But they aren't actually online ...
... they are behind a very draconian firewall.
There is, in my mind, a huge difference.
The Chinese government is hoping to close the country’s digital divide further by bringing a whopping 800 million of its citizens online by 2015, according to its latest pronouncement. The ‘internet development plan’ for 2011-2015 was unveiled on Friday by the Ministry of Industry and Information Technology, Xinhua reported. …
It wasn't that long ago when that would have described the UK. Cabling up a nation with roughly 20% of the world's population within its borders still with a huge proportion being agrarian working class living in the countryside is a somewhat larger challenge than BT faced!
Sure there is a firewall in place and I fully agree that people aren't fully free to do whatever they want. But its a good start in the right direction.
Rome wasn't build in one day and IMO you also can't expect countries like China to drop the whole communistic ideals over a day as well. Because in the end that could very well lead to chaos, and with a country as big as China I think that's in no ones interest, including the people living there.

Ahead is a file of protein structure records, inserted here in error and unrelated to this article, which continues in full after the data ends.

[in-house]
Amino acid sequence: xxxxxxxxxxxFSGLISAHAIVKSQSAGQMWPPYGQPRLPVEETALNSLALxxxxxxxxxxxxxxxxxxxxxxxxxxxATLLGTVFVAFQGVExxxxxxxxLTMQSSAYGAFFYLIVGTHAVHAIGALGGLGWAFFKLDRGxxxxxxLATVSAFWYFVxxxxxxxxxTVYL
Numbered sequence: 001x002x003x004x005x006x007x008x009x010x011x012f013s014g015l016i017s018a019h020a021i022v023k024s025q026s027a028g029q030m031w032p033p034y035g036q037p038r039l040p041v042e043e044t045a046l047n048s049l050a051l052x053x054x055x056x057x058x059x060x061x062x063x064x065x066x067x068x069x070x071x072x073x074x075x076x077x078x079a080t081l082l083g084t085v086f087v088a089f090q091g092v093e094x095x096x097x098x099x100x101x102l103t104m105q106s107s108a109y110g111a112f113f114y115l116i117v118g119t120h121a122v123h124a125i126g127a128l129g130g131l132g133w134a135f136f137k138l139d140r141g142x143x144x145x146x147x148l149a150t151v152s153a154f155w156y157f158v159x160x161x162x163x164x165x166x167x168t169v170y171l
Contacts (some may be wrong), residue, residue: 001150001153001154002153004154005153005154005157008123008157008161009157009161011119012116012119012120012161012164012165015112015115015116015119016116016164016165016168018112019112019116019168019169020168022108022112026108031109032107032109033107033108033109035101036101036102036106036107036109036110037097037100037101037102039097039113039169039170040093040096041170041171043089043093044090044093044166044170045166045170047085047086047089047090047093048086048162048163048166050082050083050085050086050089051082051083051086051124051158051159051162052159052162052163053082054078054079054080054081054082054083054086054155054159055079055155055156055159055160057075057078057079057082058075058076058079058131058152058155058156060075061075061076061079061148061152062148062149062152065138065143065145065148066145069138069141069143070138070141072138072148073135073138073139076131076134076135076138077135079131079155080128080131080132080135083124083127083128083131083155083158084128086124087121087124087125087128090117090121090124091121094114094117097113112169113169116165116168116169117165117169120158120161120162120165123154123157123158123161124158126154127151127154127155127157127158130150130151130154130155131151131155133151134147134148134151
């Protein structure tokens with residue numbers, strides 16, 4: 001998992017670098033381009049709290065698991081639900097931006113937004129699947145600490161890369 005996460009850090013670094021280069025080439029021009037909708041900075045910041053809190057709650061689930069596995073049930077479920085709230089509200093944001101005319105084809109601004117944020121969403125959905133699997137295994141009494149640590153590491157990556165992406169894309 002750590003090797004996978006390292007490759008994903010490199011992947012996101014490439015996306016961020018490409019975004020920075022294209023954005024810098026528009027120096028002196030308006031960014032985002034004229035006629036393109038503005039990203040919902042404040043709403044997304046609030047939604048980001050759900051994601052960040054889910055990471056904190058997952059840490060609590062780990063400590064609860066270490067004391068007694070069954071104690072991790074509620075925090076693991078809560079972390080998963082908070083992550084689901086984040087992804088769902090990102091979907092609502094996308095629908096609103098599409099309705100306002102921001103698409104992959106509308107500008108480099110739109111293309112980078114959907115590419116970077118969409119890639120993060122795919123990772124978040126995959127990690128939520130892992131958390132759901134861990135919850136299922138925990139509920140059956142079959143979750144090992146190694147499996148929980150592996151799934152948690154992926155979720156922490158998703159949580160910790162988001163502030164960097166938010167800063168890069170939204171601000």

If you look at China now and 30 years back then there is no denying that people have gotten more freedom. Sure; they aren't free by our standards but IMO you can't reflect on everything solely based on your own environment. Sometimes it doesn't work that way.
Example: many Chinese were actually happier when Google filtered the search results on their own accord then when denying to do so and being ordered by the government. Why? Because by applying filters themselves Google also showed the people which sites were blocked 'on demand' (by the 'firewall') and which weren't. In a way you could argue that by applying filters to their search engine in the way Google did they gave people a slightly bit of extra freedom (to see for themselves what is blocked or not instead of being left to wonder if the site was dead or a filter was being applied).
Yet many people in the 'free West' considered it highly immoral that Google would even do such a thing. Yet once again: when placed into context things may actually be a lot less evil than it may seem.
Just my 2 cents...
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